Thus, replacing even just a few high-calorie drinks each day for water or other no-calorie beverages, such as herbal tea, helps build healthy hydration habits and could have long-term weight loss benefits.
Exercise is one of the most important components of any weight loss plan. But an essential part of exercise is proper hydration. Drinking water helps prevent muscle cramps and keeps your joints lubricated, allowing you to work out longer and harder. It’s especially important when exercising in hot, humid, or very sunny conditions, as water will help prevent dehydration and fatigue.
Water helps muscles, connective tissues, and joints to move correctly, all while helping your lungs, heart, and other organs to work effectively as you ramp up your heart rate during exercise. Being hydrated while this happens reduces the risk of things that can get in the way of a good workout, such as muscle cramps and fatigue. So always ensure you have a water bottle next to you to stay on track of your workout.
Water boosts your energy by preventing dehydration. Dehydration leads to fatigue because it impacts the flow of oxygen to the brain and causes your heart to work harder to pump oxygen to your organs, making you more tired and less alert. By hydrating, you don’t impede the flow of oxygen, keeping yourself energized and ready for the day.
When waste builds up in the body, people may feel bloated, swollen, and tired. Bloating can add inches to a person’s waist, and cause a host of other negative effects. This is caused by dehydration, as a dehydrated body can’t correctly remove waste from your stomach and intestines, leading to constipation and bloating. Water is important to the kidneys, helping your organs filter toxins and waste while keeping essential nutrients and electrolytes. When the body is dehydrated, the kidneys retain fluid, resulting in bloating, and in the worst-case scenario, hard stools and constipation.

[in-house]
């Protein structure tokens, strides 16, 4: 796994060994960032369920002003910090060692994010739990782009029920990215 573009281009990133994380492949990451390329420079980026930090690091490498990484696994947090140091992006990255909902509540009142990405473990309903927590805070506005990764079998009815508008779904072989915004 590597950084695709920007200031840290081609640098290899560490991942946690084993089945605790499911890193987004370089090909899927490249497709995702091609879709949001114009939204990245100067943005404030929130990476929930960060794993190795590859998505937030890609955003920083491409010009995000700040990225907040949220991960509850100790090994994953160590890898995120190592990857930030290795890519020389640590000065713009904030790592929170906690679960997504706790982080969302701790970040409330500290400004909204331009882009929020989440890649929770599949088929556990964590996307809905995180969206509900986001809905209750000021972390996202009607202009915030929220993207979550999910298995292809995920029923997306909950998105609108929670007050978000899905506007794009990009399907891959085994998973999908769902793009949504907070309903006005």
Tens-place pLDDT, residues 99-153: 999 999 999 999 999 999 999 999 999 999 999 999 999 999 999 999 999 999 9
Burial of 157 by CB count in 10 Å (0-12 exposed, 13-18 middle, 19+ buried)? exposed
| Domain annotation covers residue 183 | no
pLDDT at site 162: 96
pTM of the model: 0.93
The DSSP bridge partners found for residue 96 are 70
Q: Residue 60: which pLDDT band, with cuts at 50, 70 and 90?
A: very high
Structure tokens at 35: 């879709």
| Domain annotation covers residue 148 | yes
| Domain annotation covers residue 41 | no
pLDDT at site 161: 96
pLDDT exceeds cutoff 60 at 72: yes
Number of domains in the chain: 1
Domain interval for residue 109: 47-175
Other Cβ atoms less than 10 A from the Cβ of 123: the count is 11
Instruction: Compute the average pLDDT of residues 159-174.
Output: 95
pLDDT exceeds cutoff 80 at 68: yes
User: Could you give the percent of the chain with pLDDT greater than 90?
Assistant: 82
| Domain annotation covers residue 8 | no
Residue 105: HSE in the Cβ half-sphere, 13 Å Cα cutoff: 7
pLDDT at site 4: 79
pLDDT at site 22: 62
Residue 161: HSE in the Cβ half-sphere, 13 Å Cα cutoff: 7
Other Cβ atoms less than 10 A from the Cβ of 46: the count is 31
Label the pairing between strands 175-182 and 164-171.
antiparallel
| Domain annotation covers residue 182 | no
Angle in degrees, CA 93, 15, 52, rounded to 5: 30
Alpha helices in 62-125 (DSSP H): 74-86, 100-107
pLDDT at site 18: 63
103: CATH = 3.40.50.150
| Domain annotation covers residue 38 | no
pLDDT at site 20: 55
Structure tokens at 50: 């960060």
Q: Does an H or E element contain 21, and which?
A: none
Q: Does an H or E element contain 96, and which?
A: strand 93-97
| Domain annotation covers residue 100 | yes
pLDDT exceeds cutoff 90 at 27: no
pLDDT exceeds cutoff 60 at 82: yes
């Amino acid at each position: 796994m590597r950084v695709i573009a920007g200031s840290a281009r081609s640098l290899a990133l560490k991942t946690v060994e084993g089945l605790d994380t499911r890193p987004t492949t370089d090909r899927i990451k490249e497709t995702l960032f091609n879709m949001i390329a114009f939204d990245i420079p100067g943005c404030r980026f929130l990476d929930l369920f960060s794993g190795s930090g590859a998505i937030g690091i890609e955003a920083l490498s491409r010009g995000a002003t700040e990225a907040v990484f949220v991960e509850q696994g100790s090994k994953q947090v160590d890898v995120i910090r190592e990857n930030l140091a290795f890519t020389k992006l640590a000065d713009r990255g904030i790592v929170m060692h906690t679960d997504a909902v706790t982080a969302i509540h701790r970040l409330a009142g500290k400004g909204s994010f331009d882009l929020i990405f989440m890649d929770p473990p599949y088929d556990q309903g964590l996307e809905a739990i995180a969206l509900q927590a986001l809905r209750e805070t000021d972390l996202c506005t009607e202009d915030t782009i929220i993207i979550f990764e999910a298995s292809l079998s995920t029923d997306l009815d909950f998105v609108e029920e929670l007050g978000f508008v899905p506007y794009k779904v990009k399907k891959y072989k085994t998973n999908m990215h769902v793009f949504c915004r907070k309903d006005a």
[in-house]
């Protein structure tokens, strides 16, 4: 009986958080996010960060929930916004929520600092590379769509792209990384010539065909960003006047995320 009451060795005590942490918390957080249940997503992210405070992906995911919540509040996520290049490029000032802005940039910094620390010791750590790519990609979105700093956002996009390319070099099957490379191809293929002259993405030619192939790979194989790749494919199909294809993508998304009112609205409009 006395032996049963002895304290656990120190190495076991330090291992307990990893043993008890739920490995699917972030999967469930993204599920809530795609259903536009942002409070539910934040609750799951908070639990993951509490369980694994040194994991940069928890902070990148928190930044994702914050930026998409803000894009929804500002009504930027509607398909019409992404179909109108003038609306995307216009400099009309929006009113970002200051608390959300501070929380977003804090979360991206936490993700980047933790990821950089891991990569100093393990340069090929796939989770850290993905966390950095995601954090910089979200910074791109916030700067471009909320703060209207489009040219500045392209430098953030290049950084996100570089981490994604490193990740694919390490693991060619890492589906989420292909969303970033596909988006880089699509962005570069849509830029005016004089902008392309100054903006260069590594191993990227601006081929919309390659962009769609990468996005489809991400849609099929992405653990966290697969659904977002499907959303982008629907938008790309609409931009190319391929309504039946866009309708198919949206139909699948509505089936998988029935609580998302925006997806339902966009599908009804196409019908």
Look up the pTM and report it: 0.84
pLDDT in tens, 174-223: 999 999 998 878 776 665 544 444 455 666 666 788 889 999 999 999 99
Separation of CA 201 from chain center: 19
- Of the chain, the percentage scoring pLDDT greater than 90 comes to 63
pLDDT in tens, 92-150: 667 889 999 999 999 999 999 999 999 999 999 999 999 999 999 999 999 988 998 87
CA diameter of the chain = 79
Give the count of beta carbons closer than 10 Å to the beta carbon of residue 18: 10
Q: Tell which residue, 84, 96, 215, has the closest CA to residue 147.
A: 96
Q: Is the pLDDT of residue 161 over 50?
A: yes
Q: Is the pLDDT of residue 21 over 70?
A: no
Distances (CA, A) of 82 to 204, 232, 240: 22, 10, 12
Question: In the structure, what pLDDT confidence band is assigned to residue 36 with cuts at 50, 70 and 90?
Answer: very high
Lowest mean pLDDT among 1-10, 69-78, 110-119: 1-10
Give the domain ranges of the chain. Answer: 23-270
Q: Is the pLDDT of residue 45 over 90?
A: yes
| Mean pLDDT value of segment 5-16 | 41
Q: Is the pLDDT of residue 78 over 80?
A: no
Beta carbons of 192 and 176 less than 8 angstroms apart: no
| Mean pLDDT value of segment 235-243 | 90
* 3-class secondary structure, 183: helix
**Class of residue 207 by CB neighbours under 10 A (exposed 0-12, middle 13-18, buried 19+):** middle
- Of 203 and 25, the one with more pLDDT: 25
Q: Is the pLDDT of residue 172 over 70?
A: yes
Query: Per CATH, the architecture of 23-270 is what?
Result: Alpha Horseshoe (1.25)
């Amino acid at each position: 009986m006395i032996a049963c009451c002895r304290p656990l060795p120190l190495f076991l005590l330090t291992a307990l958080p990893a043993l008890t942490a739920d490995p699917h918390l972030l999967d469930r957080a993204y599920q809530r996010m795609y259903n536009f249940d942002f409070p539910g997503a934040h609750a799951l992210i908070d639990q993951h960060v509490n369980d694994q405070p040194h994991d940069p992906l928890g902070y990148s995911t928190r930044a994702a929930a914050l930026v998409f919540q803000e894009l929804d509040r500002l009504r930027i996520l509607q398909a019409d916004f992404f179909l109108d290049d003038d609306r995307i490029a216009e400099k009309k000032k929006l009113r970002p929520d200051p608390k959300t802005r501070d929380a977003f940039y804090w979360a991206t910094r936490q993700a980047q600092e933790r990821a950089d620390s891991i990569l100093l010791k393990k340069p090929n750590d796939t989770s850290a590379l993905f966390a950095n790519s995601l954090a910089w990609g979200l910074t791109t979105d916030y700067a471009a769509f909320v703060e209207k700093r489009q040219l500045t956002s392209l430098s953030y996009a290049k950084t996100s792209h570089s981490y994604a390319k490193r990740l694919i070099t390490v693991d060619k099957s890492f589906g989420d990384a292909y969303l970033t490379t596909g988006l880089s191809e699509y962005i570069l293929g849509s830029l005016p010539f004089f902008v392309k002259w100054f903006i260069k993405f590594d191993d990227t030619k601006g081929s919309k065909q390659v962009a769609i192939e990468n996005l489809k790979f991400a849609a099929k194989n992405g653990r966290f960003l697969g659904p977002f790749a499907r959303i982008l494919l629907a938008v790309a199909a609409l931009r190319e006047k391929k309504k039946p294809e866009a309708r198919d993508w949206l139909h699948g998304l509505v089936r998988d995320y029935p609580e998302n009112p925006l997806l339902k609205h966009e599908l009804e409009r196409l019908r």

Hydration is key to staying trim and healthy, as it de-bloats your stomach and keeps waste moving by softening or loosening hardened stools, as well as helping the body to recover from digestive problems, such as diarrhea and indigestion.
Studies have shown that dehydration leads to higher cortisol levels. Cortisol is a stress hormone that triggers anxiety, shortness of breath, and other unpleasant symptoms. Stress could be especially bad for weight loss, as it could trigger binge eating or extreme loss of appetite, creating unhealthy eating habits. By staying hydrated, you keep your cortisol levels down, leaving you better equipped to handle yourself and your everyday tasks.
Most nutritionists recommend the “8x8” rule when drinking water to lose weight. 8x8 meaning eight eight-ounce glasses of water intake per day for weight loss or weight maintenance. You might need to consume more water if you live in very sunny conditions and sweat heavily, or if you exercise often. You also don’t need to drink as much water if you’re already consuming herbal teas, which are also zero-calorie and very healthy (as long as they’re decaffeinated!).
Another general rule is to check the toilet after you’ve gone to the bathroom. You’ll know you’re well-hydrated if your urine is clear or very light yellow in color. The darker your urine, the more water you need to drink, especially if you’re on a diet and weight loss is your goal.
As listed above, drinking water can be extremely helpful for weight loss. But while drinking more water has a plethora of benefits to your health and weight loss journey, it is definitely not a solution in of itself.
To lose a significant amount of weight, you’re going to have to do a lot more than just drink water. Water is just one small, but extremely important, piece of the weight-loss puzzle. But don’t be discouraged! Drinking more water is definitely the best step you can take when starting a weight loss program.